First, here’s some background: States and municipalities have the power to challenge census results. For instance, just this year the Census Bureau admitted that its numbers were faulty for a number of locales around the country and eventually adjusted the totals, immediately effecting how federal funds were/are distributed. A few days ago, Microsoft released a press release stating that it is now operating a software system for the state of Florida that will help the state identify areas where the Census Bureau may have screwed up and failed to count people.

(Check out the site here at myfloridacensus.com)

site note: maybe I should sue Microsoft/the state of Florida for infringing on the mytwocensus name with myfloridacensus? any lawyers out there want to advise me on this one?

The press release states the following:

“The Florida House of Representatives is making one final push over the next month for its state residents to be counted in the 2010 Census, through its MyFloridaCensus (http://www.myfloridacensus.gov) website and Web-based application. MyFloridaCensus is an innovative component in Florida’s overall effort to ensure a complete count of residents during the ongoing 2010 Census, supplementing door-to-door canvassing, which ends nationwide July 10.”

Ostensibly, if Florida doesn’t like its total population count as identified by the Census Bureau, it will happily use data collected through myfloridacensus.com to fight the Census Bureau in its challenge. Does this mean that the stage is already being set for yet another bloody recount in Florida, this one to take place in 2011, ten years after the last one rocked the nation and changed the course of history?

Key White House staffer admits Harris Corp. failed the American people

Sunday, June 13th, 2010

Peter Orszag is the White House’s Director of the Office of Management and Budget. Below are excerpts of a June 8 speech delivered to the Center for American Progress, courtesy of the Federal Times.

(Please have a look through the MyTwoCensus.com archives to learn more about the Harris Corp. handheld-computer debacle that cost US taxpayers $800 million, not the $600 million that Orszag states below, because an additional $200 million was awarded to the contractors after their initial failure to create a usable product.)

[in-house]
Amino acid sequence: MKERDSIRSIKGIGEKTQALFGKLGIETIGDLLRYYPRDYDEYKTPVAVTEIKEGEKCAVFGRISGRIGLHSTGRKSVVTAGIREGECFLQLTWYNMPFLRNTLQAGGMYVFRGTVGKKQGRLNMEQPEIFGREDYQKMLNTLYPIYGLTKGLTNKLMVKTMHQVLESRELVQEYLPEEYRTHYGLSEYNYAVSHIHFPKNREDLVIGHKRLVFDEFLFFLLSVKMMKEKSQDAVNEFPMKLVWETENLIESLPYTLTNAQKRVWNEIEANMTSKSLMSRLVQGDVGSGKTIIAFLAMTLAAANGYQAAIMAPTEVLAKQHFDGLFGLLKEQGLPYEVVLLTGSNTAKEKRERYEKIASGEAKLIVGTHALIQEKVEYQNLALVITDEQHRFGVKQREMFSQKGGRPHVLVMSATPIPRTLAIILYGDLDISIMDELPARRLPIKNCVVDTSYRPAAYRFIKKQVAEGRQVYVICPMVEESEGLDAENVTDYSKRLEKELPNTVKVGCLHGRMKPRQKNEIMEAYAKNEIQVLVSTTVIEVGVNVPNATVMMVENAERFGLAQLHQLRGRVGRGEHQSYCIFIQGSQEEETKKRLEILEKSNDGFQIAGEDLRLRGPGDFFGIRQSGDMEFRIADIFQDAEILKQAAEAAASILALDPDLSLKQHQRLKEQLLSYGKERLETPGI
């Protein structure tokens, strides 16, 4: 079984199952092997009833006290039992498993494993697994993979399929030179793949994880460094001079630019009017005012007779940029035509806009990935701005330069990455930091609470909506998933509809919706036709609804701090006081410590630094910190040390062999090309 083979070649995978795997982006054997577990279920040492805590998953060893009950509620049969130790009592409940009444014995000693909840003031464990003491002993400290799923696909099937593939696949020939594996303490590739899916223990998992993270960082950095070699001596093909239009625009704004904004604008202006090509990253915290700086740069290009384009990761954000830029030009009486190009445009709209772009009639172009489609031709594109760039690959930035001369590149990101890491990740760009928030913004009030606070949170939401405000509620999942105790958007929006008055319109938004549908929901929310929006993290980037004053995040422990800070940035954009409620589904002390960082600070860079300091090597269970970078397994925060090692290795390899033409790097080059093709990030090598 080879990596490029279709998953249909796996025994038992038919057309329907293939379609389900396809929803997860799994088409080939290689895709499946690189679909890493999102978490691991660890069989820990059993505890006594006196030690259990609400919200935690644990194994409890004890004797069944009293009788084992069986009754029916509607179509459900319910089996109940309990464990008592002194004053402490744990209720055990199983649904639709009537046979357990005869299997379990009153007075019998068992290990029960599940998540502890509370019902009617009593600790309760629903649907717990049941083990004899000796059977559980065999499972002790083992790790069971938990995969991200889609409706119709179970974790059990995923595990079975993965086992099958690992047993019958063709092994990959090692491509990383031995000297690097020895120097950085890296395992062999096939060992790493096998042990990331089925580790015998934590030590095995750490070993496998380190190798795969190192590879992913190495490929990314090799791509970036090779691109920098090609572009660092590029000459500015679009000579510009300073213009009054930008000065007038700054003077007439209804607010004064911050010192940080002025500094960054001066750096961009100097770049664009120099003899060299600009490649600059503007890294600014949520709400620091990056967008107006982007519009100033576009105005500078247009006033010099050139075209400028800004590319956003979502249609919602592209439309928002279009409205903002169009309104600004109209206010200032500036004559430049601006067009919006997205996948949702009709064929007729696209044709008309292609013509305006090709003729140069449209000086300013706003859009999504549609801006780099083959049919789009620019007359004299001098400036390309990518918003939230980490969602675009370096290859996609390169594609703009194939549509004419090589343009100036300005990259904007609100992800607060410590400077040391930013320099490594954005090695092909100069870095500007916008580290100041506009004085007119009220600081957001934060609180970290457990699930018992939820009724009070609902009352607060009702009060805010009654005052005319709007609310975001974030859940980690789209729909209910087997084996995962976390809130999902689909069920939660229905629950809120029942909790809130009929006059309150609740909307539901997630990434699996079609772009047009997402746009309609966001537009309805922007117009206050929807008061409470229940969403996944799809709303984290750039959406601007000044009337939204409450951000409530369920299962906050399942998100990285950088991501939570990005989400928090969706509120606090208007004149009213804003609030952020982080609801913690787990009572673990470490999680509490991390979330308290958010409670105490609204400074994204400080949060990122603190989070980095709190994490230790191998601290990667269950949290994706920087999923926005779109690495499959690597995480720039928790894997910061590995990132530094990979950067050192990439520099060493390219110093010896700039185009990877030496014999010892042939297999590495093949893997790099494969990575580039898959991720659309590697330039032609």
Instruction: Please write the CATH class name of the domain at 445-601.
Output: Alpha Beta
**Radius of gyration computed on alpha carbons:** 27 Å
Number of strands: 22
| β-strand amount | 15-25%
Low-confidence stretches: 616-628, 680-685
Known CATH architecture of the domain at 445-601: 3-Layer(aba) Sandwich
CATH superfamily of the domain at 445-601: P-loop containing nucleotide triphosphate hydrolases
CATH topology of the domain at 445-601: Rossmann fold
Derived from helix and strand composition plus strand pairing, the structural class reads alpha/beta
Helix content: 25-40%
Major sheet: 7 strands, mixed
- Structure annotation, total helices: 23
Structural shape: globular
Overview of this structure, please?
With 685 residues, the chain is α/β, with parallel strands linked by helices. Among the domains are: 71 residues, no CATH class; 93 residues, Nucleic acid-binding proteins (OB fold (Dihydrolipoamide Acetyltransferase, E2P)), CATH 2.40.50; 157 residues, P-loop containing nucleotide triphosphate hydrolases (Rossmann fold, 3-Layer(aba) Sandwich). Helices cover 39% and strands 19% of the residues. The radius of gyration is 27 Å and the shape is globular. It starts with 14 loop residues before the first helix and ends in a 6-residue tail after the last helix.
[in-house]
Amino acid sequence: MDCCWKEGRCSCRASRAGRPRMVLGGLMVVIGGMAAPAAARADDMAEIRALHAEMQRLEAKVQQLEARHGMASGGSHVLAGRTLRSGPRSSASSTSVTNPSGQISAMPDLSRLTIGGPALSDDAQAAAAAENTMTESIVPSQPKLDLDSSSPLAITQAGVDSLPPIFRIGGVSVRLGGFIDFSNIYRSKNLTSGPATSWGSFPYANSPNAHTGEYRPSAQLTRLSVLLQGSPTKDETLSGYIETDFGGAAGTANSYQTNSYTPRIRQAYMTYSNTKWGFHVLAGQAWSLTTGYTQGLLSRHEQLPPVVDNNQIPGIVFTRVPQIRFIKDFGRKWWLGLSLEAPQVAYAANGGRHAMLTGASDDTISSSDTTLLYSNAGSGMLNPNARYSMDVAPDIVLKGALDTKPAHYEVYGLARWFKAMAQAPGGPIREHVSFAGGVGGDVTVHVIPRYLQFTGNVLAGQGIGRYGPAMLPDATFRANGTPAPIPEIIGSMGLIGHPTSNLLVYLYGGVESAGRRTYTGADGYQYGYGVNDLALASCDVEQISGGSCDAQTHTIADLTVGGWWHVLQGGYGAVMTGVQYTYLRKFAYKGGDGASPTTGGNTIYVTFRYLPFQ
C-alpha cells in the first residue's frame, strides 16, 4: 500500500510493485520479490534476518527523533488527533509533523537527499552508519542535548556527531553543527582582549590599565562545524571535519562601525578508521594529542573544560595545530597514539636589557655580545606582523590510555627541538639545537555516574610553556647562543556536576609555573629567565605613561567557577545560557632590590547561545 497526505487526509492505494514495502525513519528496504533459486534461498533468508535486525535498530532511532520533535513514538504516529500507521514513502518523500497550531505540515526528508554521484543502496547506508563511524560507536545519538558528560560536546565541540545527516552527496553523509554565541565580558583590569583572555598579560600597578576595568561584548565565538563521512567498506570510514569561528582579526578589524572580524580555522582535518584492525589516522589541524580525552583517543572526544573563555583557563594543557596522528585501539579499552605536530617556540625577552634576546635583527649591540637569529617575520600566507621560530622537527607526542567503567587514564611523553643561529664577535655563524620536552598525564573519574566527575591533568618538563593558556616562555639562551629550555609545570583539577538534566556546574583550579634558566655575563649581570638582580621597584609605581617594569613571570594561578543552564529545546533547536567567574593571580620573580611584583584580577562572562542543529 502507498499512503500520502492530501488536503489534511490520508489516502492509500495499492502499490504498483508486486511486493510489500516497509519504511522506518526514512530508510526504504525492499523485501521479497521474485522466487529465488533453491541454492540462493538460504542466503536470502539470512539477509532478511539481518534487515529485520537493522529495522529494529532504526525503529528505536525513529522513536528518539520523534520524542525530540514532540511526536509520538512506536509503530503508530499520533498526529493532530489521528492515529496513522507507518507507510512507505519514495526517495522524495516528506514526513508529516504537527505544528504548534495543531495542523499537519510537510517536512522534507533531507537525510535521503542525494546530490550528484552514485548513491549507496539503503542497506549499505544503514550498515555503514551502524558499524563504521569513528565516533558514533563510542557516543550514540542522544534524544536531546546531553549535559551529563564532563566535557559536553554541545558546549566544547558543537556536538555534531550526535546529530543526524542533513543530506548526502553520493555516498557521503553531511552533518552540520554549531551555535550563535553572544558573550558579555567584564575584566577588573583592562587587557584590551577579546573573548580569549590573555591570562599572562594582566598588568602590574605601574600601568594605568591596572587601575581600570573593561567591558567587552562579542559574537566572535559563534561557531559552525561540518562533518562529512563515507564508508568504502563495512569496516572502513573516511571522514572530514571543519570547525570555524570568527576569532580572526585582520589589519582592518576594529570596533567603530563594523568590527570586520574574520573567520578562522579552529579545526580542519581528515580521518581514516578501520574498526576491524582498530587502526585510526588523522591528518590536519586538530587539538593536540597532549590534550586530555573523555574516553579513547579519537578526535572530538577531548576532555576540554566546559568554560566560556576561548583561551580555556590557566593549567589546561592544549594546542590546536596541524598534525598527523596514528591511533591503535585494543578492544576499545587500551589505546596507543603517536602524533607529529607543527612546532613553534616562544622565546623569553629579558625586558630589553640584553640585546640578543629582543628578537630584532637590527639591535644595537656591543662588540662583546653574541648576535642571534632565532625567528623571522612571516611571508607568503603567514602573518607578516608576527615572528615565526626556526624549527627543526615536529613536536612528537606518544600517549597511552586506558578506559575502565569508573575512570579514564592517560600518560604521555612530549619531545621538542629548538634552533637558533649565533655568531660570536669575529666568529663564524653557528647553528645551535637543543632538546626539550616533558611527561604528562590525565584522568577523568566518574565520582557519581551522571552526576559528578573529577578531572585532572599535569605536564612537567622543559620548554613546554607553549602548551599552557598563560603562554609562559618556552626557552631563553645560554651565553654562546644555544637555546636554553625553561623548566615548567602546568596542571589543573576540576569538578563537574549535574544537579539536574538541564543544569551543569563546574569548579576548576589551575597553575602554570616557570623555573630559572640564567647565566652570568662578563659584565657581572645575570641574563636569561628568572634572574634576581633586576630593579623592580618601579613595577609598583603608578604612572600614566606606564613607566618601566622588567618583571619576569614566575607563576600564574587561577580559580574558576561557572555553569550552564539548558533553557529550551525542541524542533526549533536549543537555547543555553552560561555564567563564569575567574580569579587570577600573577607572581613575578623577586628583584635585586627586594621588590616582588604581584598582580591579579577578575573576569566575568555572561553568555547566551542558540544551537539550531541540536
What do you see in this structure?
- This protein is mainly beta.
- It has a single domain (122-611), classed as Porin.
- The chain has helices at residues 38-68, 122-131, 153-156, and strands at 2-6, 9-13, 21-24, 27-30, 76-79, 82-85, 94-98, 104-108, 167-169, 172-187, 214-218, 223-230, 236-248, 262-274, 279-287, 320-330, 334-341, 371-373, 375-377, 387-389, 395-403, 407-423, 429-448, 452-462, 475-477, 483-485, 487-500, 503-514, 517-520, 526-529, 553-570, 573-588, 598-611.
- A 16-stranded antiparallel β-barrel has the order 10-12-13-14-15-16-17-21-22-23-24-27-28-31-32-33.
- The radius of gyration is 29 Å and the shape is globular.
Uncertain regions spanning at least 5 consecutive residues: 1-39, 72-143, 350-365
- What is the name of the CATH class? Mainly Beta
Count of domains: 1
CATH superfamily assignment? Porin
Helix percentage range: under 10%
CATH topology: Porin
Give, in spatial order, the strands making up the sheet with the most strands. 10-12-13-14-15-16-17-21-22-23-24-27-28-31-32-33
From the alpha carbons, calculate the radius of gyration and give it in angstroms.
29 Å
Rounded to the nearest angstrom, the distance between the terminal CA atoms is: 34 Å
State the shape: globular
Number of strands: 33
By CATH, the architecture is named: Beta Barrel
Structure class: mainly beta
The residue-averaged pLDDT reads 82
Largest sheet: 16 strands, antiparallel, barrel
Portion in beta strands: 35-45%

Here’s what he said:

For example, the Census Bureau awarded in 2006 a $595 million contract to develop a hand-held computer for census workers to use this year. Two years and $600 million later, the project was canceled with nothing to show for it.

And census workers out there today still use pen and paper.

Clearly, we have massive room for improvement. Pursuing that improvement and closing the IT gap will help us create a government that is more efficient and less wasteful, and that is … more responsive to the American people.

Census Bureau employees flown in/brought to your area from another region?

Thursday, May 20th, 2010

During address canvassing operations in Fall 2009, MyTwoCensus learned that individuals were flown from North Carolina to New York and from Georgia to Florida to assist with 2010 Census operations. In the midst of the recession, when unemployment was ridiculously high and people could be hired very easily in ANY part of the USA, the Census Bureau felt it necessary to pay the travel costs, hotel expenses, per diem, salaries, and food costs of workers who were not working where they lived. MyTwoCensus has received anonymous tips that this wasteful practice is still taking place. Please let us know in the comments section if you know where and when this has occurred. Thanks!

Is the Census Bureau inflating participation rates in Florida?

Sunday, May 16th, 2010

The following story from keysnet.com makes us wonder if participation rates from the Census Bureau are truly accurate (or inflated as the story suggests). If any statisticians or Census Bureau officials reading this want to chime in, please do so in the comments section.